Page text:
Unable to sleep, the three debated all night, plotting their next course of action. In the end, they decided to take their chances and go to the police for help.
With Brad remaining behind to watch their personal effects, Dylan and Scott started out early on foot the next morning. They had not ventured far when they heard the sound of heavy scuffmarks on the pavement behind them. They turned in unison, and in shock saw Héctor following close behind.
“Run!” yelled Dylan. The pair fled across the street towards the beach. A vendor was setting up for the day’s business – renting personal watercraft. Without time for an explanation, Dylan grabbed a key and jumped onto one of the Jet Skis, with Scott in tandem. “Hey, you can’t take that!” yelled the attendant. “You need to pay first!”
The startled attendant was barely able to take a step in Dylan and Scott’s direction before he was knocked to the ground by a lumbering Héctor, who swiftly stole a second Jet Ski in pursuit of the Canadians.
“Do you know where you’re going?” Scott yelled to Dylan over his shoulder. “We need to get away from this crazy lunatic,” replied Dylan. Dylan had driven Jet Skis on the lakes back home, but was unfamiliar with the weaving coastal waterway than ran south towards Miami. How different could it be?
Dylan raced as fast as the craft would allow, twisting and turning around other boats in an effort to lose their pursuer. Héctor would have nothing to do with it.
Héctor gained steadily on the two Canadians. His craft was lighter, and his familiarity with the local waters afforded him the knowledge to take shortcuts – shredding seconds off the pair’s lead.
Ahead, a large barge was entering the channel; the length of which threatened to completely impede all traffic. Dylan saw his opportunity, and headed for a narrow gap between the bow of the vessel and the shoreline.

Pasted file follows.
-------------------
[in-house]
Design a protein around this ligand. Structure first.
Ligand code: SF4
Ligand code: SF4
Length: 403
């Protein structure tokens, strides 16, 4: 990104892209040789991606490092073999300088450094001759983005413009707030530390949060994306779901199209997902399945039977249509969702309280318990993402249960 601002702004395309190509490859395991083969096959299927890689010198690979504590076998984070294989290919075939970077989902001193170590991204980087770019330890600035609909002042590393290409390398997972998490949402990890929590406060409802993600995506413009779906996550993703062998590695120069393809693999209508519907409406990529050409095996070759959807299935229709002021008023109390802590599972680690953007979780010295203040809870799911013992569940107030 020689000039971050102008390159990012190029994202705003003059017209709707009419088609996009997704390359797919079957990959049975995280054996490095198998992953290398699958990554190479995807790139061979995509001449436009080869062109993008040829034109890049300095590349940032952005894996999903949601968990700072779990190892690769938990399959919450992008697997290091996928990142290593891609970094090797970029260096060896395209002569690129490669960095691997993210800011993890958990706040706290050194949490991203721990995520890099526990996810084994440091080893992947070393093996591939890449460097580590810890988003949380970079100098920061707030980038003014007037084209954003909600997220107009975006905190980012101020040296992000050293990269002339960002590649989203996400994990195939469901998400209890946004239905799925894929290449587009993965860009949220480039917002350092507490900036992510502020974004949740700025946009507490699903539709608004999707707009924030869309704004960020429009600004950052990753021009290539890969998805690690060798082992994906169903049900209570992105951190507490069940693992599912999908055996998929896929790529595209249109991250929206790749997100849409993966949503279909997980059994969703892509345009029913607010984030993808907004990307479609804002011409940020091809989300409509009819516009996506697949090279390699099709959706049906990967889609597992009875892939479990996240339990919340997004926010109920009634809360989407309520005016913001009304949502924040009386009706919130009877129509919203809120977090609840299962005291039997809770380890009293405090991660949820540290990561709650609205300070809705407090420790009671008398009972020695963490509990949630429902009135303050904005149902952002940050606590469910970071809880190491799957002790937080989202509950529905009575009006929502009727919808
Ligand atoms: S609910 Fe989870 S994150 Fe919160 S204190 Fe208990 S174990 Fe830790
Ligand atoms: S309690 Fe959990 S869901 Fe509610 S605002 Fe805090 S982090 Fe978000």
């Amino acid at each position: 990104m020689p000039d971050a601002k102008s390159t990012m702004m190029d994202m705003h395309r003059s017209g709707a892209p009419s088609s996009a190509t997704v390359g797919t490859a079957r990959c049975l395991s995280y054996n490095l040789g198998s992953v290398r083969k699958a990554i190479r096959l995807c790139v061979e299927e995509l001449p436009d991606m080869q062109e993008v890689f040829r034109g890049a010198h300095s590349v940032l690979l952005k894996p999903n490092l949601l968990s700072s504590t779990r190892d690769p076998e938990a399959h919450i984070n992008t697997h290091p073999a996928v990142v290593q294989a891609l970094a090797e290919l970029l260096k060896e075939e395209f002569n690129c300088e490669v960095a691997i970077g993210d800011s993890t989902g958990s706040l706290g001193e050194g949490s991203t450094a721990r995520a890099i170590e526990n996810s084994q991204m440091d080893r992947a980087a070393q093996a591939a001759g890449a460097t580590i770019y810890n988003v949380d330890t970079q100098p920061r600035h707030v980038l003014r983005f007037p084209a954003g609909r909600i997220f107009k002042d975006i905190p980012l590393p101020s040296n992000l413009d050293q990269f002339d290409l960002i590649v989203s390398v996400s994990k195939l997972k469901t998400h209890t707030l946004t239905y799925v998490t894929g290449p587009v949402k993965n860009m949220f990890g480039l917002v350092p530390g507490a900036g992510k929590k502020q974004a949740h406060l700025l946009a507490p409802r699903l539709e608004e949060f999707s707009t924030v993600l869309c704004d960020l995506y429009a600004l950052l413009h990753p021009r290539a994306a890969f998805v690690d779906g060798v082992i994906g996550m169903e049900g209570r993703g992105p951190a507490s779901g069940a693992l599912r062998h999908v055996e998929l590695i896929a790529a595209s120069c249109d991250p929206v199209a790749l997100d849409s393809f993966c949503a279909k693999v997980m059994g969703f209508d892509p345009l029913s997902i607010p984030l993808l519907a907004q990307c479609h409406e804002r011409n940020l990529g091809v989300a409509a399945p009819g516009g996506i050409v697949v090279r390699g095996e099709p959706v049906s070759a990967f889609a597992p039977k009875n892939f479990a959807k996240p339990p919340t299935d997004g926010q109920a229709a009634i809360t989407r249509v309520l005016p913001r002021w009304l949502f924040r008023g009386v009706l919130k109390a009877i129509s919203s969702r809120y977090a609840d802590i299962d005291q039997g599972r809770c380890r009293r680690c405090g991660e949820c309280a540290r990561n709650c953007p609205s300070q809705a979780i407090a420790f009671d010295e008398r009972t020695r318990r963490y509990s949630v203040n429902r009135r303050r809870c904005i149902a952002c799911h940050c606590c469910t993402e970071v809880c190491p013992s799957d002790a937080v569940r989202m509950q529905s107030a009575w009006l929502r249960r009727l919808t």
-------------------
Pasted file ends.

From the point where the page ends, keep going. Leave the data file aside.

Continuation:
“You’re not going to do what I think you’re doing?” yelled Scott. “It’s our only chance,” replied Dylan. With no time to spare, Dylan threaded the needle, scraping the side of the Jet Ski in the process, as both he and Scott drew their legs in quickly to avoid a violent amputation.
Héctor was forced to make an abrupt stop to avoid being crushed, and angrily shook his fist as he caught a brief glimpse of the two racing to freedom.
Rather than follow-through on their original plan to contact the police, Dylan and Scott rushed back to the hotel to check on Brad. As they burst through the door, their panic turned to horror. There, in the middle of the room lay Brad; motionless, with a clear bullet wound between his eyes.
Dylan and Scott looked at each other – exasperated and in shock. Suddenly a voice boomed from the open door behind them. “What were you doing this morning? You were going to rat on me?”
The pair spun around to see Héctor, still obviously intoxicated from the night before, pointing a gun in their direction.
To Héctor’s surprise, Scott stepped forward to confront him. With the hand holding the gun, Héctor swung surely, connecting squarely with Scott’s chin, and knocking him out cold.